One of my favourite places in Paris is the Luxembourg Gardens. This photo was taken in the autumn when cardoons were part of the flower borders, I've also seen them in Parc Montsouris. I wanted to sneak back late in the evening to harvest a few stalks, but the gardens, wisely, are closed at night.
As you can see from the cardoon flowers they're a close relative of the artichoke. The cardoon heads, before they flower, are edible, however cardoons are grown for their large fleshy stalks. I love their earthy, artichoke taste. The dried flowers provide a vegetarian rennet for making cheese.
Then cook them in boiling salted water until tender, they take about 25 minutes, depending on their size and age. Once cooked, drain them and dress them with a vinaigrette, add to a potato salad, or cover them with cheese sauce and make a gratin. A good way for a novice to try them.
In Piedmont cardoons are served raw with bagna calda, a dip made with lots of garlic, anchovies, olive oil and butter. The cardoons in North America are larger and more bitter so most people prefer them cooked. It's not the bitterness that stops me, I love bitter melon, it's the texture of the larger stems that are often hollow in the centre. The small, velvety, centre stems, if you take the time to peel them completely, are crunchy, juicy and pleasantly bitter. Perfect to dip in bagna calda.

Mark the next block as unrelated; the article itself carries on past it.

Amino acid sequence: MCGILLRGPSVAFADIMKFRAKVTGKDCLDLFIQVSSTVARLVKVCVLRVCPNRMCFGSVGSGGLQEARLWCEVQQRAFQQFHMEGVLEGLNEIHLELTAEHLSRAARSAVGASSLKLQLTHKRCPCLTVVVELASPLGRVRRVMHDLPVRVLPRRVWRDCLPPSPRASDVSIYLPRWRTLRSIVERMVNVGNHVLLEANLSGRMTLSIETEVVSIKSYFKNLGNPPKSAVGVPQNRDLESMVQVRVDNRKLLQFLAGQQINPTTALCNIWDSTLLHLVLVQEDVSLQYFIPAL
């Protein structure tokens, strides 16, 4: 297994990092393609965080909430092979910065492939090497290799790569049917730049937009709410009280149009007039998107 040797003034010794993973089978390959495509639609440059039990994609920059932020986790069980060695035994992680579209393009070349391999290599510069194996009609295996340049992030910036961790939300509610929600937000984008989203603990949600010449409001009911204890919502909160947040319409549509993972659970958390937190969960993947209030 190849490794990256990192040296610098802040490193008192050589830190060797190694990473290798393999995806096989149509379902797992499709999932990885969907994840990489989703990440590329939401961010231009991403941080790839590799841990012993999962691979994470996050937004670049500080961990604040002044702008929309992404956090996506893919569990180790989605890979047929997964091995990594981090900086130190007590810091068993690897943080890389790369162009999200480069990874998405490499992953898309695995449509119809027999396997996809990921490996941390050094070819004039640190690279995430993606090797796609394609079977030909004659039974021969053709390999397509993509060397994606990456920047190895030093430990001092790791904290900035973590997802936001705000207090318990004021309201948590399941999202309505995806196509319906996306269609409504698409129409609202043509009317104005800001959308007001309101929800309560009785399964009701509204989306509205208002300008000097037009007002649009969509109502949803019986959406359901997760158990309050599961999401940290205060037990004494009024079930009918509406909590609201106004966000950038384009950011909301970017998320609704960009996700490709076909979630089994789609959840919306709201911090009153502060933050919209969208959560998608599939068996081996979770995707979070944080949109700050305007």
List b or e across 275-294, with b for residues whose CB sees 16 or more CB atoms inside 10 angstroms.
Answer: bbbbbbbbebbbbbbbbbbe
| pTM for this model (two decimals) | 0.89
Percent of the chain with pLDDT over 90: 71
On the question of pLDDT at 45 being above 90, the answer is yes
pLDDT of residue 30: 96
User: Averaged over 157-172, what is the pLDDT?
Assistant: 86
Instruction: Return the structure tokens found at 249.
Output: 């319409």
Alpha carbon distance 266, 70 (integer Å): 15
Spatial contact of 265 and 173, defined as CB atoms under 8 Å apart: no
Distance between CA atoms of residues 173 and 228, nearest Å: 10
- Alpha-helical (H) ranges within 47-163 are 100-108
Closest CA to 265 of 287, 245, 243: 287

Cardoons deserve to be more popular. If you see them in your market give them a try, they may look like celery on steroids, but they're a much more interesting and complex vegetable.